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Previous Challenge Entry (Level 4 – Masters)
Topic: Funny (10/04/12)

TITLE: Obsolete Appellation Numerations
By Beth LaBuff
10/08/12


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The crash of shattering glass and a scattered floral bouquet severed the somber mood at the Worthington house. Three sons and one daughter had gathered to discuss the future of the family business when Rocky’s elbow unintentionally encountered the crystal vase. Lying atop the sodden lilies was a small card with the imprint, “In sympathy in the loss of your father.” A rush to tidy the situation led to another encounter; this time Rocky collided with his sister China Worthington. His sudden expulsion of breath immediately preceded her sprawling form. The laughter from the four cheered the moment.

The Worthington siblings came from a lengthy and proud line of military families. Each Worthington man was named using a title or military rank. Names like Colonel, Baron, Duke, and Admiral were used as Christian names. Then each successive generation reused the names, recycling them as one might recycle glass or plastic. Some families reversed the order; others repeated the names and added a Roman numeral. They were a prestigious family with a proud heritage; that is until Margrave Caesar Worthington IV shattered tradition. That break didn’t scatter fragrant blooms that needed regathered and water sponged. Margrave Caesar Worthington IV announced to his father, Duke Viceroy Worthington II, that he was going to be a farmer. Not a furrow farmer, but a farrow-to-finish hog farmer. The ensuing eau de cologne smelled anything but sweet.

When Margrave put his mind to something, he immersed himself, it became his passion, he went whole hog, so to speak. In his first year of farming, he perfected the skills of clipping needle teeth and docking tails of the piglets, along with giving the necessary vaccinations. He married during the summer of his second year and was pleased when the farm made a small profit. He expanded the herd . . . and his family during the fourth year. The succeeding years saw profits or losses, depending on the mercurial markets. Three additional children completed the family of Margrave and Mattie “the wife.” Hamp was the oldest, followed by Rocky, then Chester, and one little sister--China.

With the lighter tone of their meeting, the siblings told escapades from their father’s hog farming days. Chester recounted a story that occurred during his high school years. They had a tame boar named Behemoth. One crisp fall afternoon as he’d helped move the boar to another lot, his dad decided to ride Behemoth, sans rope, sans saddle, just a bolting bewildered boar at their own private rodeo. The piggyback ride lasted a full five seconds before his dad’s backside created a smooth depression in the craggy loam.

Then a memory resurfaced, that of a dog long-gone. She was a white German-shepherd named Lark who was aptly dubbed a “hog dog.” Each sibling added to the memory. “Remember how Lark rode in the back of the pickup with her head to the wind.”

“Don’t forget the time Dad and Mom were away for a week and Lark never left Dad’s pickup.”

“Who would have believed that a dog could shepherd hogs, but Lark just instinctively knew what Dad wanted by the tone of his voice or a short command.” Lark’s white fur was usually stained from the mud of the hog lot. The family jokingly referred to the color of her coat as “dark white.”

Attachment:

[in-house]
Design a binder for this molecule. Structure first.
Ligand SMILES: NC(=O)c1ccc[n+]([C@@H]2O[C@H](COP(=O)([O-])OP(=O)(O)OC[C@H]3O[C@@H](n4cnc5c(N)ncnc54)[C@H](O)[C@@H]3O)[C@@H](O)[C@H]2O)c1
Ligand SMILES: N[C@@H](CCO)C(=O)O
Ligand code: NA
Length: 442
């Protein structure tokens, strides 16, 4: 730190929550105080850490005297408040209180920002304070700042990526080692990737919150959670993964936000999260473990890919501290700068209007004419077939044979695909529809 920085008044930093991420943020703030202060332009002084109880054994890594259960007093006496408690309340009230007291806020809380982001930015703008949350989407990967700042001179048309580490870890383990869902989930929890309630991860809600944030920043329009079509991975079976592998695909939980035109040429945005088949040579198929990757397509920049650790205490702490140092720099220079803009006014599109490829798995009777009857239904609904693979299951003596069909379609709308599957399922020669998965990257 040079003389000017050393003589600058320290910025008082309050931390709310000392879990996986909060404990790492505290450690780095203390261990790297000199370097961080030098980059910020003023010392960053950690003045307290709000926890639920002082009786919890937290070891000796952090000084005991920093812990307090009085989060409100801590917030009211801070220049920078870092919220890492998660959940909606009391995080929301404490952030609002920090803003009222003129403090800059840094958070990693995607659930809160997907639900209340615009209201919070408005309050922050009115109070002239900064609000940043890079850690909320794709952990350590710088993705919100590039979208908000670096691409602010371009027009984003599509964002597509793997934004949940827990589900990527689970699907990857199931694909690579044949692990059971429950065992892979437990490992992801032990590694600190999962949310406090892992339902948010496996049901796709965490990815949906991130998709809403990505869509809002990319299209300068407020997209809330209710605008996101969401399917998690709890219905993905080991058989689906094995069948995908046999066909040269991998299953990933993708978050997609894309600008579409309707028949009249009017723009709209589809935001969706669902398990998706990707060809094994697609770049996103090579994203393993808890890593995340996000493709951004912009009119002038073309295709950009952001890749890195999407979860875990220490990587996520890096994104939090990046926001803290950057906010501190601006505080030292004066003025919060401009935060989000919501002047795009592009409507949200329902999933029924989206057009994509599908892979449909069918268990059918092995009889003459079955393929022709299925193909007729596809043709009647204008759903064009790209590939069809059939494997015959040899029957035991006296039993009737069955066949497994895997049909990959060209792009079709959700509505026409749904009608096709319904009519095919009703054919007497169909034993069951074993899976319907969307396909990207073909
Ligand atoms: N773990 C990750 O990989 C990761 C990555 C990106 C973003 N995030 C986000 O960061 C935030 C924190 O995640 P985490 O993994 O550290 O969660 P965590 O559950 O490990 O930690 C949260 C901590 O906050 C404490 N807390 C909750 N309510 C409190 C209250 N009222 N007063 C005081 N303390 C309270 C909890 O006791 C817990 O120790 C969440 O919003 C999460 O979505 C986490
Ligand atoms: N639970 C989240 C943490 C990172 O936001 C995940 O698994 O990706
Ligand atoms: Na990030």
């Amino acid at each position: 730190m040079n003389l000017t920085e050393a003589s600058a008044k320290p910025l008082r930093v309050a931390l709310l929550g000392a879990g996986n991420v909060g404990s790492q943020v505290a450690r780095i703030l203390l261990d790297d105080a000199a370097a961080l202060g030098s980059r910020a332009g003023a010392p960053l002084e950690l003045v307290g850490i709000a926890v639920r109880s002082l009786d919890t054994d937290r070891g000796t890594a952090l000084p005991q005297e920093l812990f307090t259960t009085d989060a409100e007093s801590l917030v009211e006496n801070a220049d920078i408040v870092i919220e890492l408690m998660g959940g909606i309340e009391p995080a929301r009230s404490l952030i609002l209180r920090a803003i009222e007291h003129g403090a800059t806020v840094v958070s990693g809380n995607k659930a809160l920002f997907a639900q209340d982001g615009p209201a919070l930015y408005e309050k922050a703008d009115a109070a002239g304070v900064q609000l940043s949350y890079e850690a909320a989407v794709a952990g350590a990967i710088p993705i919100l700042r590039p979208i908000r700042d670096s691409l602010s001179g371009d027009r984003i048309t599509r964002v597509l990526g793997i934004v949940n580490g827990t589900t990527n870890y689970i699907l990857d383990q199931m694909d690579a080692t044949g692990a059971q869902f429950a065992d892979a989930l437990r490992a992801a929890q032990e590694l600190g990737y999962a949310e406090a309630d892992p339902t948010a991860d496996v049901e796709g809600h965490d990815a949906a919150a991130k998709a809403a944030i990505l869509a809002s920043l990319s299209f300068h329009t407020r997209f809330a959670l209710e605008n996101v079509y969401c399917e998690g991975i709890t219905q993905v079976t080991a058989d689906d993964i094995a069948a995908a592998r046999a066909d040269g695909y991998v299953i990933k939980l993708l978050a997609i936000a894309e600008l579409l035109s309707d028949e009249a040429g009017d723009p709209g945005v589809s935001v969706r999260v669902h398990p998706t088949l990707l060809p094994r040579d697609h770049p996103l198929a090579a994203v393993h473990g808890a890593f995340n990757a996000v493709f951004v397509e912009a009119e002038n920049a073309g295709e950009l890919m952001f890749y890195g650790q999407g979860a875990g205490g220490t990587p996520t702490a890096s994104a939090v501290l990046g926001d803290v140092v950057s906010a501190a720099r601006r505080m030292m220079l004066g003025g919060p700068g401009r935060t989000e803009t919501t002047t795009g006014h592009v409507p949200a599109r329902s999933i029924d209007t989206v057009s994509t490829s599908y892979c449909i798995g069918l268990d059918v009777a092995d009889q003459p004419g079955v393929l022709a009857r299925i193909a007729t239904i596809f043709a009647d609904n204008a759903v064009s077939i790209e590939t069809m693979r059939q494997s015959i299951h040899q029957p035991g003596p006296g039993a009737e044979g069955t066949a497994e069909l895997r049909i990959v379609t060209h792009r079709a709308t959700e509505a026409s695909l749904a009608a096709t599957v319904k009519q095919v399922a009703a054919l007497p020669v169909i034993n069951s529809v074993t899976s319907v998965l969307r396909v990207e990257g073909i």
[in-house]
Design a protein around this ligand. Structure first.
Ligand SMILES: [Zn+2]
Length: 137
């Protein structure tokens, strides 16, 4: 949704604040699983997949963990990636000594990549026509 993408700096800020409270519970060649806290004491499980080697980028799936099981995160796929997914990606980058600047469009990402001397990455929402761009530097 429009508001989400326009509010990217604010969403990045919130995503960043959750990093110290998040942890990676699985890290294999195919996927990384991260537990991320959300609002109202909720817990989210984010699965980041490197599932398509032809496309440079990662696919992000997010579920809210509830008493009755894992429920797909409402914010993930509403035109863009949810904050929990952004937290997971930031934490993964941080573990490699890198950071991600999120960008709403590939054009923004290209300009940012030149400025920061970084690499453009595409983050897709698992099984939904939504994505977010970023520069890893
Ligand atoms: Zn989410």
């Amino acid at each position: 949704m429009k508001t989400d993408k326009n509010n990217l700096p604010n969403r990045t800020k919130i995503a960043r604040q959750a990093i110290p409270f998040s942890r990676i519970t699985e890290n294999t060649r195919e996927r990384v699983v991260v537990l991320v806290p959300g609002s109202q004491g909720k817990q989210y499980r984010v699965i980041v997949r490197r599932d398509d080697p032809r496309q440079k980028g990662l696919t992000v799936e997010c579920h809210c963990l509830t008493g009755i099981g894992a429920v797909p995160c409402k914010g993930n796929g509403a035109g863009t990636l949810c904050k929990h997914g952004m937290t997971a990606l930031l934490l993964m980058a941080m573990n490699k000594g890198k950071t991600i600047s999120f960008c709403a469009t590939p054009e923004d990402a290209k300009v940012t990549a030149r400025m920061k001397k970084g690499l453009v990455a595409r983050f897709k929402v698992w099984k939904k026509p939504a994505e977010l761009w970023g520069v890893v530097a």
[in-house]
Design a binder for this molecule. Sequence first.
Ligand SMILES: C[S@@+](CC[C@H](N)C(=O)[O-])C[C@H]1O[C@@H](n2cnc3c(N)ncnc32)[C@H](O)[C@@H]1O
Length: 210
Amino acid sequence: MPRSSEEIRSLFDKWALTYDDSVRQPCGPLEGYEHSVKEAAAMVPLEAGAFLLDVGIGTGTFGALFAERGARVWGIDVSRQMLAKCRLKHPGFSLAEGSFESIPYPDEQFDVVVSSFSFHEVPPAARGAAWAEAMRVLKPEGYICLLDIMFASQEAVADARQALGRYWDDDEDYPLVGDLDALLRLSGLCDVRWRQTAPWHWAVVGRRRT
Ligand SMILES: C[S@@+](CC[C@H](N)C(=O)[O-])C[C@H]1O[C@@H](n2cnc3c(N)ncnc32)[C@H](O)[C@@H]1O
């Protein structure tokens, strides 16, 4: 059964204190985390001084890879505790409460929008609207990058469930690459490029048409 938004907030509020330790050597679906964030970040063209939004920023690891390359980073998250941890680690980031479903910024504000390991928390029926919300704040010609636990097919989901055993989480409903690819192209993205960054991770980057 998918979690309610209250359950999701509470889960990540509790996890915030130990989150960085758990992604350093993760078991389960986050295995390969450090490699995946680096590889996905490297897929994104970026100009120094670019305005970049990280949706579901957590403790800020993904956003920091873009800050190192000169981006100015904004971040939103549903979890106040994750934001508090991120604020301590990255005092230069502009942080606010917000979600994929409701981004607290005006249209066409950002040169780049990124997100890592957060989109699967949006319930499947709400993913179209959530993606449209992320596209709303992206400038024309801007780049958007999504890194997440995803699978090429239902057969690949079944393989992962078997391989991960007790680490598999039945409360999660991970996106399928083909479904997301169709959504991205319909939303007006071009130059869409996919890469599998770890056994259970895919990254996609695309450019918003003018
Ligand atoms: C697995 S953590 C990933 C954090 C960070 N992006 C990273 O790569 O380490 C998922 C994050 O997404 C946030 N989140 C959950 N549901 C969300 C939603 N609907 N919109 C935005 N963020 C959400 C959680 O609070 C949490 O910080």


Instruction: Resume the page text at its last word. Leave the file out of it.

The fragrant lilies in the newly recruited Mason jar were now safely situated in the center of the scarred farmhouse table. In their final moments together the siblings said a prayer for their future and gave thanks for their heritage. The memories of their father, Margrave Caesar Worthington IV, were like a sweet aroma.

Margrave had three passions in his life: his faith, his family, and the hog farm. He broke with tradition when he chose a hog farm over a military career. But he demolished tradition when his love for raising hogs gave him inspiration in naming his children; Hampshire Worthington, Duroc (Rocky) Worthington, Chester White Worthington, and Poland China Worthington. There was no need for Roman numerals to follow their names.

Author’s note: Hampshire, Duroc, Chester White, and Poland China are all registered breeds of swine.


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This article has been read 463 times
Member Comments
Member Date
Verna Cole Mitchell 10/11/12
I loved the story, hog names and all, particularly the one daughter's name. It was interesting start to finish.
It's neat when something funny happens to relieve a little of the tension at a sad time.
Noel Mitaxa 10/11/12
Very entertaining material, though some readers may be boared by sow many references to pigs. It was sad to start with a funeral, for if you had set the story in Scotland, it may have connected with their end of year celebration of Hogmanay. :-)
CD Swanson 10/12/12
Funny, interesting, and comnpletely different. Thanks for this creative take on the topic.

God bless~
Leola Ogle 10/13/12
I think this just may be some of my relatives, since my ancestry was traced to Scotland. LOL Loved the story. Very well written and flowed perfectly. God bless!
Shann Hall-LochmannVanBennekom 10/17/12
This is great. You had me chuckling here and there. The note at the end was the absolute best and spoke volumes about the character. I really enjoyed this clever well-written piece.
Loren T. Lowery10/18/12
Not only was Margrave Caesar Worthington IV resilient, he was passionately resolved (probably an inherited trait, actually). I admire his backbone, taking the less traveled path, believing in what he saw to be his calling. Margrave, an example for us all!
PS - I can see why the progenitors need not have worried about numerations after their names : )
Shann Hall-LochmannVanBennekom 10/19/12
Congratulations for ranking 10th in Masters and 16 overall!